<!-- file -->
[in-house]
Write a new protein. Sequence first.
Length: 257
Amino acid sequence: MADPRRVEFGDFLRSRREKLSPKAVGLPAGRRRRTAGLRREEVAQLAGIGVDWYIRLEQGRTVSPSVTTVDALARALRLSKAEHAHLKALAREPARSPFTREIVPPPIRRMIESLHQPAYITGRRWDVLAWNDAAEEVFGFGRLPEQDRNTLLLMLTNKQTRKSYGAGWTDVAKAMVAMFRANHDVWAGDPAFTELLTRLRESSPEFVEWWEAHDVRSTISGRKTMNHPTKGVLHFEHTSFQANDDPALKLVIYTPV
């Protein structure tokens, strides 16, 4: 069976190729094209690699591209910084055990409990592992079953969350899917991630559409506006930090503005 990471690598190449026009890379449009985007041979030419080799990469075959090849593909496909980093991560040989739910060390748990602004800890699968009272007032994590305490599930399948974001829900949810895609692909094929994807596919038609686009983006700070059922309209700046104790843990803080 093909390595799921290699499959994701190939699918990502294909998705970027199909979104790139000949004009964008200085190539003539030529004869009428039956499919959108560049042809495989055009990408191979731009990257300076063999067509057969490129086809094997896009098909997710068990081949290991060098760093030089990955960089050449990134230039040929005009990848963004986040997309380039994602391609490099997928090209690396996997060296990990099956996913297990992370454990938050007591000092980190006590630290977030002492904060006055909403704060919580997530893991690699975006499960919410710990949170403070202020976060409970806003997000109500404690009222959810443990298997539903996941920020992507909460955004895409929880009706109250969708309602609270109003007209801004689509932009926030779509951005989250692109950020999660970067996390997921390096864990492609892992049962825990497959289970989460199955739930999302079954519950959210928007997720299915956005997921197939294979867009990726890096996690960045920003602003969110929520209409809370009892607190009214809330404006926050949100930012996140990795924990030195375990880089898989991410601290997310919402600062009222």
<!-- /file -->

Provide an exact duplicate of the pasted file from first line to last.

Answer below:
[in-house]
Write a new protein. Sequence first.
Length: 257
Amino acid sequence: MADPRRVEFGDFLRSRREKLSPKAVGLPAGRRRRTAGLRREEVAQLAGIGVDWYIRLEQGRTVSPSVTTVDALARALRLSKAEHAHLKALAREPARSPFTREIVPPPIRRMIESLHQPAYITGRRWDVLAWNDAAEEVFGFGRLPEQDRNTLLLMLTNKQTRKSYGAGWTDVAKAMVAMFRANHDVWAGDPAFTELLTRLRESSPEFVEWWEAHDVRSTISGRKTMNHPTKGVLHFEHTSFQANDDPALKLVIYTPV
């Protein structure tokens, strides 16, 4: 069976190729094209690699591209910084055990409990592992079953969350899917991630559409506006930090503005 990471690598190449026009890379449009985007041979030419080799990469075959090849593909496909980093991560040989739910060390748990602004800890699968009272007032994590305490599930399948974001829900949810895609692909094929994807596919038609686009983006700070059922309209700046104790843990803080 093909390595799921290699499959994701190939699918990502294909998705970027199909979104790139000949004009964008200085190539003539030529004869009428039956499919959108560049042809495989055009990408191979731009990257300076063999067509057969490129086809094997896009098909997710068990081949290991060098760093030089990955960089050449990134230039040929005009990848963004986040997309380039994602391609490099997928090209690396996997060296990990099956996913297990992370454990938050007591000092980190006590630290977030002492904060006055909403704060919580997530893991690699975006499960919410710990949170403070202020976060409970806003997000109500404690009222959810443990298997539903996941920020992507909460955004895409929880009706109250969708309602609270109003007209801004689509932009926030779509951005989250692109950020999660970067996390997921390096864990492609892992049962825990497959289970989460199955739930999302079954519950959210928007997720299915956005997921197939294979867009990726890096996690960045920003602003969110929520209409809370009892607190009214809330404006926050949100930012996140990795924990030195375990880089898989991410601290997310919402600062009222």